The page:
Daniel Boorstin’s 1962 book The Image uncannily foresaw an America in which “pseudo-events” displace reality, celebrities replace genuine heroes, and verisimilitude takes the place of truth.
Richard Hofstadter’s 1964 essay The Paranoid Style in American Politics was remarkably prescient about the wave of anger and irrationalism in the country, which Trump both embodies and foments – a recurring attitude in U.S. history characterized by “heated exaggeration, suspiciousness, and conspiratorial fantasy,” and focused on perceived threats to “a nation, a culture, a way of life.”
You take deconstructionists like Jacques Derrida to task for muddying language and helping to create a view, especially on the left, that there are no objective truths. Given that Trump doesn’t read, how did that sort of thinking reach the right and why were they so successful at weaponizing it?
Deconstruction and postmodernism were part of a larger relativism that swept through western culture in the wake of the 1960s, as society became increasingly fragmented and subjectivity (see Tom Wolfe’s “Me Decade” and Christopher Lasch’s The Culture of Narcissism) grew ascendant. Grand narratives (like a belief in the Enlightenment values of progress and science that America was founded upon) gave way to smaller, more personal truths, and a Rashomon-like view of the world gained traction throughout the culture. FOX News and the planetary system of right-wing news sites that would orbit it and, later, Breitbart, were particularly adept at weaponizing such arguments and exploiting the increasingly partisan fervor animating the Republican base: They accused the media establishment of “liberal bias,” and substituted their own right-wing views as “fair and balanced” – a redefinition of terms that was a harbinger of Trump’s hijacking of “fake news” to refer not to alt-right conspiracy theories and Russian troll posts, but to real news that he perceived as inconvenient or a threat to himself.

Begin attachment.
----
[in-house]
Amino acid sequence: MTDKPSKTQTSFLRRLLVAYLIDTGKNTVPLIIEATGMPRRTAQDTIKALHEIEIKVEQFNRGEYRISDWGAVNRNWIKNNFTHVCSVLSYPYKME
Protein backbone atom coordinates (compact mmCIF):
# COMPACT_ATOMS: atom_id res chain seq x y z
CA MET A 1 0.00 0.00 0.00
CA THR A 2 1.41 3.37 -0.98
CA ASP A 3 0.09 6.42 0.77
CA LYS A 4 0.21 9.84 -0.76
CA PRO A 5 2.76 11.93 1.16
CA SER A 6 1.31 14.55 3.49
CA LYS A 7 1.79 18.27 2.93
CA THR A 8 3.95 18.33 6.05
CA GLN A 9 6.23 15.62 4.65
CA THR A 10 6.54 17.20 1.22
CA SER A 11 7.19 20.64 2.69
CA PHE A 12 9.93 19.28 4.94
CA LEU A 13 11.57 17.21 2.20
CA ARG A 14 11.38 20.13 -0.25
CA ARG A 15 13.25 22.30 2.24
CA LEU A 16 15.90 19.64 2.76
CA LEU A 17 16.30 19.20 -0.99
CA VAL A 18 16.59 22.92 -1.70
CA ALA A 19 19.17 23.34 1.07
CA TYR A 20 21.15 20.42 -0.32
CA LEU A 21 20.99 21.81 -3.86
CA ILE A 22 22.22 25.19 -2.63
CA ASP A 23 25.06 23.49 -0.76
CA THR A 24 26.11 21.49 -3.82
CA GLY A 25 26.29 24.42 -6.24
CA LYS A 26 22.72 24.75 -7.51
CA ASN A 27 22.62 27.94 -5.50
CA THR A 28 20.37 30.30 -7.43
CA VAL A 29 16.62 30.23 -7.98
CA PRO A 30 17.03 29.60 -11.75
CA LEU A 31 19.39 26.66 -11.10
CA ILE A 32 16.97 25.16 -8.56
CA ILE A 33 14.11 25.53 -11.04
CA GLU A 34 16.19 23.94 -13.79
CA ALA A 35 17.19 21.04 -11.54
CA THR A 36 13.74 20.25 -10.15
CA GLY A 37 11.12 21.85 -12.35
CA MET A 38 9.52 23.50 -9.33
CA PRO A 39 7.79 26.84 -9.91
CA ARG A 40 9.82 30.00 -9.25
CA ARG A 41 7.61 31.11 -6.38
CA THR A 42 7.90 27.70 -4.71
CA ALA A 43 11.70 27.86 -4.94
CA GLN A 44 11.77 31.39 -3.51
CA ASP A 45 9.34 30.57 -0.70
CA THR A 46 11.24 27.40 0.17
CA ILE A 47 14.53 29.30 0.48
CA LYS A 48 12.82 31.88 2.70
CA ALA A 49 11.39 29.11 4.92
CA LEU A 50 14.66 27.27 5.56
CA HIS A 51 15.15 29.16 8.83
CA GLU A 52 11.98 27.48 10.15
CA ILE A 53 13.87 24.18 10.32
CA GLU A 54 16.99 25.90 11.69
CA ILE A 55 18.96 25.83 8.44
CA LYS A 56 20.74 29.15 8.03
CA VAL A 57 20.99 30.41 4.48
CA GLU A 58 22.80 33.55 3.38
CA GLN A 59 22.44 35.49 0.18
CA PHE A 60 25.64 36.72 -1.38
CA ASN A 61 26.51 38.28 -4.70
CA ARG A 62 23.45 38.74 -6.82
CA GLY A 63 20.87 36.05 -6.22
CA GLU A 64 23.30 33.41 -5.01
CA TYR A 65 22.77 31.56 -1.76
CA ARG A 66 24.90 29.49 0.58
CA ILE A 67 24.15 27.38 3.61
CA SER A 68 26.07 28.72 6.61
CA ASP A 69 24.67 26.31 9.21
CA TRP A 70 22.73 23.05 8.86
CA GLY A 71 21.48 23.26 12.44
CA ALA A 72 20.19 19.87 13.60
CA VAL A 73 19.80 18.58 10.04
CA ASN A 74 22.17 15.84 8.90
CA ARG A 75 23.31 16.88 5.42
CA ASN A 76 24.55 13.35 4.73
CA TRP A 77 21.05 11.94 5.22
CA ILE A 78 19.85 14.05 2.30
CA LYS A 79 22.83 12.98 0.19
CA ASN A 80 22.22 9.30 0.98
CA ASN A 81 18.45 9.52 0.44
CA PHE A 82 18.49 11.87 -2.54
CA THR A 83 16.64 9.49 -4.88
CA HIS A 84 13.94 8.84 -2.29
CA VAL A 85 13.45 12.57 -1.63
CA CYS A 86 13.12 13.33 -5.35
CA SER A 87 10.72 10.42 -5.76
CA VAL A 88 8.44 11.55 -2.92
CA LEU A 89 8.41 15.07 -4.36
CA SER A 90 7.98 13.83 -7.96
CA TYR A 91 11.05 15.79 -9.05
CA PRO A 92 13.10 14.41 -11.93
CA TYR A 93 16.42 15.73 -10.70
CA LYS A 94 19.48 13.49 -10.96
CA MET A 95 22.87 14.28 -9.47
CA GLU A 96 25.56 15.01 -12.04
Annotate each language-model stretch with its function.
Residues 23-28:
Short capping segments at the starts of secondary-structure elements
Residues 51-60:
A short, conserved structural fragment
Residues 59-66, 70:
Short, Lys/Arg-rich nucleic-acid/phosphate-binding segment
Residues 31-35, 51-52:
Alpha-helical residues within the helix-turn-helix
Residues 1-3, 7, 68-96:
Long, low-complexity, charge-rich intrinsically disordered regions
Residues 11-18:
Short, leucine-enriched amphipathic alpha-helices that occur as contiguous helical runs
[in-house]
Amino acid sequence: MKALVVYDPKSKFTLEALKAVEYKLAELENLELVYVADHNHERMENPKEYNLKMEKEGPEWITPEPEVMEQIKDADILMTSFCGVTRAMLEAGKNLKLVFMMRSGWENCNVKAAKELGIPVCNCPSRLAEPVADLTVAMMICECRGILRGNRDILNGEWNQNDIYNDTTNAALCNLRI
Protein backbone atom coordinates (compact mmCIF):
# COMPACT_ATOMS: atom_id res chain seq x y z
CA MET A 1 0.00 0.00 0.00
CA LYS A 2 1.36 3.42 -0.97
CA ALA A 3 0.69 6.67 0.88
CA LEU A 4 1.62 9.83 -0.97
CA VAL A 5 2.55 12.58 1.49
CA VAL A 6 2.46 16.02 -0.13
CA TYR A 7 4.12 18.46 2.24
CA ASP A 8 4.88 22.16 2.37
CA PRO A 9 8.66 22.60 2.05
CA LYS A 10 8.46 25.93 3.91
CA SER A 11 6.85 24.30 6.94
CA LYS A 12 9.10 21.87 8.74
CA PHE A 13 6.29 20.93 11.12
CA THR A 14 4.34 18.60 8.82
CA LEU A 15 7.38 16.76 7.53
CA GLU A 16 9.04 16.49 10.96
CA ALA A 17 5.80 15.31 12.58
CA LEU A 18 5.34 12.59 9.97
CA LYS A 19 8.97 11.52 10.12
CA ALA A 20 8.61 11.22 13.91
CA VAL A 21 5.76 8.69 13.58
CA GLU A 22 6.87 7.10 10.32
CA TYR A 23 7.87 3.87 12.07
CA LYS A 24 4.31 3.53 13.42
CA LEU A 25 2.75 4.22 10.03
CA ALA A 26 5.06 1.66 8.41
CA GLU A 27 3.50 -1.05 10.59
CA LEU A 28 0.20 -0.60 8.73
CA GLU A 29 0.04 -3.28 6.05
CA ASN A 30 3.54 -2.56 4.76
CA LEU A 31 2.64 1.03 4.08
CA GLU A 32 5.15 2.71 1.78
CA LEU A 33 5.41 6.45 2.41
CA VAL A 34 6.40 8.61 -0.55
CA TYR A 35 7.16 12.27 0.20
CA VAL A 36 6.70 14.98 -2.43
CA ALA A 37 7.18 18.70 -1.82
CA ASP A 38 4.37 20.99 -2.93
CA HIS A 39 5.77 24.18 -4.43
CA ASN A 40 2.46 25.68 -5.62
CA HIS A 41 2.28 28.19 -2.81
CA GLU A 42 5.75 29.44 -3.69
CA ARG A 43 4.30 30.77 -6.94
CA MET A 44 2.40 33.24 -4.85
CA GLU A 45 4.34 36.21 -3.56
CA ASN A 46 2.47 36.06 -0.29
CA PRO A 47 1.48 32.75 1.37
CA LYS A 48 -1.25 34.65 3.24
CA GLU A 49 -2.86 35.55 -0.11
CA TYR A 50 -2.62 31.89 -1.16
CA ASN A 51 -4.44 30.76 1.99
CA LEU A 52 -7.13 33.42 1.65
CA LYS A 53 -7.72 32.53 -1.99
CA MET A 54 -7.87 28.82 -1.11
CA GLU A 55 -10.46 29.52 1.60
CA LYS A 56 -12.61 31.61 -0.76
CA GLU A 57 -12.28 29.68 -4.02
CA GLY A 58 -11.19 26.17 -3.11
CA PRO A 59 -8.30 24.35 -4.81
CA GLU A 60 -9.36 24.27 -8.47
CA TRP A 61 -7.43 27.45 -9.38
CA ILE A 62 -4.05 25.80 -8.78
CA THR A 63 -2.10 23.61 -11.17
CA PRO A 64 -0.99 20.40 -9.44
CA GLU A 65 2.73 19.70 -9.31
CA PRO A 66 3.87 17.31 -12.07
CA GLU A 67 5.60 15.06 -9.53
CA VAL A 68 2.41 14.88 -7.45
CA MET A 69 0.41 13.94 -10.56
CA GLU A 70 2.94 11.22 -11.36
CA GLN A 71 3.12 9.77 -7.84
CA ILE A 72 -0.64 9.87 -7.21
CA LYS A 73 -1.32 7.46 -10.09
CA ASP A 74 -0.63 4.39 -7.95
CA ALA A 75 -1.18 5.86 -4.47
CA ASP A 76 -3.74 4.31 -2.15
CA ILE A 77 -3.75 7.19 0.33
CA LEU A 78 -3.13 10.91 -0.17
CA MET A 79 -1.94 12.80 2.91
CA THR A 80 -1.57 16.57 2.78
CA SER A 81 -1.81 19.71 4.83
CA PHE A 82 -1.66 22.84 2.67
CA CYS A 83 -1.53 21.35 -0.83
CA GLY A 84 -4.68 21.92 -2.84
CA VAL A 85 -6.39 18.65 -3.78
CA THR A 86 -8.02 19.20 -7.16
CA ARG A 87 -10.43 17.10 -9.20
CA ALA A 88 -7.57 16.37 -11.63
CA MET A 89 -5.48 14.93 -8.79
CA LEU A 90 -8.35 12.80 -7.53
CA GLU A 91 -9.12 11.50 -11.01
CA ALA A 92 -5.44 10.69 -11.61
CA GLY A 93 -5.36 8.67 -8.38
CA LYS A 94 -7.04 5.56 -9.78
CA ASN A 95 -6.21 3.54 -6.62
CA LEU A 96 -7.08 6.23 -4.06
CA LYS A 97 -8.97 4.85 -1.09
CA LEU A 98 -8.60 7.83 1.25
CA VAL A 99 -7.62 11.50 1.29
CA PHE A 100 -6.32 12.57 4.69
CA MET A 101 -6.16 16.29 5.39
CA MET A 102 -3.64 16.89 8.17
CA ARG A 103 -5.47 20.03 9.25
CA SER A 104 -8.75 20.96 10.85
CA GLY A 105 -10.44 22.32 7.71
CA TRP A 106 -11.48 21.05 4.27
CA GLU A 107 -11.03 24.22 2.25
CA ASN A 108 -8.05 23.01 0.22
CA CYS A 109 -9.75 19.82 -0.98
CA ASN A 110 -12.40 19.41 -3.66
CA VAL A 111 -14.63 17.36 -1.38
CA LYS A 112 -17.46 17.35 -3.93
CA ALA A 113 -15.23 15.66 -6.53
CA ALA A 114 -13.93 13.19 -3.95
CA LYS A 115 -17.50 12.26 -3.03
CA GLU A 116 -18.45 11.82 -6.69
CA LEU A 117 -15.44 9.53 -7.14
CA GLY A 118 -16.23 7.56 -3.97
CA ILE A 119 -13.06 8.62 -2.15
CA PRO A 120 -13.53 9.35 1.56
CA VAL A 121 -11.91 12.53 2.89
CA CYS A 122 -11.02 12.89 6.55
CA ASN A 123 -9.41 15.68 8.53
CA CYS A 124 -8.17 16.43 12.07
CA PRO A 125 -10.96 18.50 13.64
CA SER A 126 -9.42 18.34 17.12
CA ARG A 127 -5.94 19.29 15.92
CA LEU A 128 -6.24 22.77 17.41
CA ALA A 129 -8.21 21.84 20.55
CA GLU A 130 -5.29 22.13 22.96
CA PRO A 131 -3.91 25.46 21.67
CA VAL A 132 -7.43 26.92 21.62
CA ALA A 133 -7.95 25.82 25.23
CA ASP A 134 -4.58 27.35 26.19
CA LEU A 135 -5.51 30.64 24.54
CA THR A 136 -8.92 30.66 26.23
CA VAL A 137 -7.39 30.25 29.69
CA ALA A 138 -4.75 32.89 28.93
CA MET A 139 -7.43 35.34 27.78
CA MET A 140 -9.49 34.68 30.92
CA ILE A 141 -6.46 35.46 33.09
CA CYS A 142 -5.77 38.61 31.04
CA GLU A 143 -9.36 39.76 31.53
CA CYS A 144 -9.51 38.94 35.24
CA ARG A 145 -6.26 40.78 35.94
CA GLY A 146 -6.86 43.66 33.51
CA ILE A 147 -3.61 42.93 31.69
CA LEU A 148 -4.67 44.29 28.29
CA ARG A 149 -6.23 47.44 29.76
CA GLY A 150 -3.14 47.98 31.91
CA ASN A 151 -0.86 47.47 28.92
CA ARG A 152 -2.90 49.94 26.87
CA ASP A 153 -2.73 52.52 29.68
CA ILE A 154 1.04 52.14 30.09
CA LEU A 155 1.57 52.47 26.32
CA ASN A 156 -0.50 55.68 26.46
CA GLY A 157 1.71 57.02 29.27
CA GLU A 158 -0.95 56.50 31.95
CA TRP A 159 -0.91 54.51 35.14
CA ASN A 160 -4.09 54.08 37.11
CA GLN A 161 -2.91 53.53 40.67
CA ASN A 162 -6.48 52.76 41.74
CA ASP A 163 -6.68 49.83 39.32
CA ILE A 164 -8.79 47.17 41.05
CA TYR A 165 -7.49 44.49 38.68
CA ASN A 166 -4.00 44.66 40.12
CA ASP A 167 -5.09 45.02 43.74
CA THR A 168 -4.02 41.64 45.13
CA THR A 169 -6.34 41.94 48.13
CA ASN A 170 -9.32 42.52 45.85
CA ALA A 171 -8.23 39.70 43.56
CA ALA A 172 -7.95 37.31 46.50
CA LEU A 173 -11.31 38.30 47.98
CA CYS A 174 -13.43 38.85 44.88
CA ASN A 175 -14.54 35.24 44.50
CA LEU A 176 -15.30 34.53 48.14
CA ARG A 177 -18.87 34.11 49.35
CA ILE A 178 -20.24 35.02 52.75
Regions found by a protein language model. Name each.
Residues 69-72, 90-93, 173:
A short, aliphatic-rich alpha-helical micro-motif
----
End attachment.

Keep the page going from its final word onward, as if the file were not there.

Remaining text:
George Orwell wrote almost 75 years ago, “The English language is in a bad way.” What do you think he would say today?
Orwell was incredibly prescient about so many things. He would be appalled but likely not all that surprised by the current state of the English language. In fact, 1984 and Animal Farm anticipate many of the linguistic and political sins committed by Donald Trump, from his reflexive lying, to his redefining of words and phrases to mean their opposite (i.e. “fake news,” “witch hunt”), to his efforts to deny objective reality. His bombast and juvenile insults demean the office of the presidency, not to mention common decency; and his own racist invective has mainstreamed the scurrilous use of bigoted language that only a few years ago was largely confined to the fringes in the national conversation.
Reading this book made me think that the country is hopelessly broken – do you see any reason for hope or optimism?
The Parkland kids and the anti-gun violence movement they’re leading are an inspiration – and a testament to the impact that young people are having on the national conversation, and to the power that a handful of dedicated individuals can exert when they take a stand and get out and organize. The Women’s March and the record number of women running for office are similarly signs that the Resistance is alive and well. And Silicon Valley insiders like Jaron Lanier, Pierre Omidyar and Roger McNamee are warning about the dangers of social media and algorithms designed to maximize clicks and ad revenue.
Principled members of the judiciary and law enforcement – most notably, Sally Yates, Preet Bharara and James Comey – refused to cave to Trump’s efforts to bend the rule of law, and private citizens are speaking out on the assault underway against the institutions that help safeguard our democracy. And as Robert Mueller and his prosecutorial dream team quietly continue their work, reporters are working 24-7 to hold Trump and company to account, producing journalism that is nothing less than essential.
Do you think truth can be resurrected?
All of the above are signs of hope. The last two years have made many of us realize that we cannot take the freedoms afforded by democracy for granted. As citizens, we must all insist on facts, accountability, rational policy-making and informed public discourse. We must reject the transactional cynicism that the Trump administration promotes, and refuse to normalize the falsehoods and rule-breaking that this president pelts us with every day.
It’s up to all of us to see that truth prevails.